Joerg Moeller, MD
A phase III trial analyzing sorafenib for the treatment of patients with advanced breast cancer did not meet its primary endpoint of improving progression-free survival (PFS). This announcement comes from Bayer HealthCare and Onyx Pharmaceuticals Inc., the companies co-developing the drug.
Patients with HER2-negative breast cancer who had received ≤1 prior chemotherapy and were resistant to or failed taxane and anthracycline or had disease not indicated for further anthracycline were enrolled in the study. A statistically significant improvement in PFS was not observed. Full results will be presented at an upcoming meeting.
“We are disappointed that the trial did not show an improvement in progression-free survival in patients with advanced breast cancer,” Joerg Moeller, MD, Member of the Bayer HealthCare Executive Committee and Head of Global Development, said in a statement. “While the primary endpoint of this trial was not met, the trial results do not affect the currently approved indications for [sorafenib].”
The RESILIENCE trial enrolled 537 patients in more than 20 countries, including the U.S. In addition to PFS, safety was a primary endpoint of the trial. Secondary endpoints included overall survival (OS), time to progression, and overall response rate. Exclusion criteria included significant cardiovascular disease, active brain metastases, and prior treatment with a VEGF inhibitor.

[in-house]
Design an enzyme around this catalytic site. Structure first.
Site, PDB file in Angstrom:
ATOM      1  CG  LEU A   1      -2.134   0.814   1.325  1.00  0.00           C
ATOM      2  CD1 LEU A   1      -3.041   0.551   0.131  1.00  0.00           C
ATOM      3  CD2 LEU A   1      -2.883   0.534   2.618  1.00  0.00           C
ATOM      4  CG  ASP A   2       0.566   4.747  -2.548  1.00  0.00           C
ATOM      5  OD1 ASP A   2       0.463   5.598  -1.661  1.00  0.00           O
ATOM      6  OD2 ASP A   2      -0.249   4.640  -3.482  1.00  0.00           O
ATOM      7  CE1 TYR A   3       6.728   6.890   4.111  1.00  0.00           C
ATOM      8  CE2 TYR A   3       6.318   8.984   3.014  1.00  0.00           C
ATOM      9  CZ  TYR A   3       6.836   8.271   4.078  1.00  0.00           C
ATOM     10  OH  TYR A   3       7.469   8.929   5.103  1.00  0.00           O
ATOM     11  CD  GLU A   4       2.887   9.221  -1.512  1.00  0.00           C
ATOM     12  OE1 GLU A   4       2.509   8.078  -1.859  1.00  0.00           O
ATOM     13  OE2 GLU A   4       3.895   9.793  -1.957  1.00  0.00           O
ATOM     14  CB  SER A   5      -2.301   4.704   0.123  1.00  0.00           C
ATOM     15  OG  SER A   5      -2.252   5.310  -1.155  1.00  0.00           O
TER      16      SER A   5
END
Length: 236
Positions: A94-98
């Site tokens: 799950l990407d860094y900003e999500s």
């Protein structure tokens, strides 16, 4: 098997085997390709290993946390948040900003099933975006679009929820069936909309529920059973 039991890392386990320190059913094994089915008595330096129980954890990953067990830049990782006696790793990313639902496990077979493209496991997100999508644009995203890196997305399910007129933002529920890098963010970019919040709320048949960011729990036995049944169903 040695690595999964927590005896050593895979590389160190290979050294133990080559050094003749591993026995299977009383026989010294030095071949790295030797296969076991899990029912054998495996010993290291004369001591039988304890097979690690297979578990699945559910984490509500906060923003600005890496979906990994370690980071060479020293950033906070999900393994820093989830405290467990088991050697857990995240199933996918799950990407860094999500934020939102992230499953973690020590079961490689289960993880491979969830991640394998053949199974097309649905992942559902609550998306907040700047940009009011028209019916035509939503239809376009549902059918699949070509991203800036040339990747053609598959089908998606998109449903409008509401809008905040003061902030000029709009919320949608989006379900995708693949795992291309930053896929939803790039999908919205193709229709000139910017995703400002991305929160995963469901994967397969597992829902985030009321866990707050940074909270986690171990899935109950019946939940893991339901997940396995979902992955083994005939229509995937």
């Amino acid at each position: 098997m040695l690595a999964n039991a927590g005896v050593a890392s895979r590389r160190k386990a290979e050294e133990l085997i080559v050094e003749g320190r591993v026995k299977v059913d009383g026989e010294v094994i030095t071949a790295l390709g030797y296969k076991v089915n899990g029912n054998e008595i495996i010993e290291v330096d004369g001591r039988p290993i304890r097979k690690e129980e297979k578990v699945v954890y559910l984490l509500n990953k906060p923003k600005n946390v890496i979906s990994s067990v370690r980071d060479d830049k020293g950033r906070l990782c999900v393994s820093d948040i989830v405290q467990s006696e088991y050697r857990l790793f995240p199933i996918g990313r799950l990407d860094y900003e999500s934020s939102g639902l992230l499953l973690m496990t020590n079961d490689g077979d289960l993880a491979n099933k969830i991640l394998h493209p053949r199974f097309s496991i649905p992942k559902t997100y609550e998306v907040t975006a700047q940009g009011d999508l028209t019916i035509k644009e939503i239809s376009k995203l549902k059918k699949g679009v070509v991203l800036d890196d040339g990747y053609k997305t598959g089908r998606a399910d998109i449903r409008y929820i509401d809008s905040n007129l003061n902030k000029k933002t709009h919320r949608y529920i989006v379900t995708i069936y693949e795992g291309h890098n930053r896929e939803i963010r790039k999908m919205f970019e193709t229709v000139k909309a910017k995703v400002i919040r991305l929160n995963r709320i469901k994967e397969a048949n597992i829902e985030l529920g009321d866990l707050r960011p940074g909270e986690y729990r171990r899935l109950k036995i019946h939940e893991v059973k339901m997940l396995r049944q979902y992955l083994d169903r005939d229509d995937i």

Patients were randomized 1:1 to 1000 mg/m2
of capecitabine twice daily (days 1-14) in combination with placebo or 600 mg of oral sorafenib daily (days 1-21) on a 21-day schedule. As tolerated, capecitabine and sorafenib/placebo dosages could be escalated to 1250 mg/m2
twice daily and 800 mg daily, respectively, or reduced to manage side effects. Sorafenib/placebo dosages could be re-escalated after a reduction.
This phase III RESILIENCE trial follows a 229-patient phase IIb trial that looked at sorafenib in combination with capecitabine for locally advanced or metastatic HER2-negative breast cancer. The design of the trial was essentially the same, though patients randomized to sorafenib received a higher dosage (400 mg twice daily).
Patients in the sorafenib arm experienced a median PFS of 6.4 months compared with 4.1 months in the placebo arm (HR = 0.58; 95% CI, 0.41-0.81; P
= .001). However, no significant improvement in OS was reported: 22.2 versus 20.9 months, respectively (HR = 0.86; 95% CI, 0.61-1.23; P
All-grade adverse events observed in the sorafenib arm included rash (22%), diarrhea (58%), mucosal inflammation (33%), neutropenia (13%), hypertension (18%), and hand-foot skin reaction/syndrome (90%). All rates were higher in the sorafenib arm compared with the placebo arm.
Grade 3/4 adverse events were similar between the arms, with the exception of hand-foot skin reaction/syndrome: 44% in the sorafenib arm versus 14% in the placebo arm.
The authors noted that the dose of sorafenib “resulted in unacceptable toxicity for many patients” in the trial.
Sorafenib is currently approved for the treatment of advanced renal cell carcinoma and unresectable hepatocellular carcinoma. Sorafenib is also the first and only agent approved for locally recurrent or metastatic, progressive, radioiodine-refractory differentiated thyroid carcinoma.
Sorafenib is currently being looked at in several types of cancer, including acute myeloid leukemia, melanoma, squamous cell carcinoma of the head and neck, and colorectal cancer.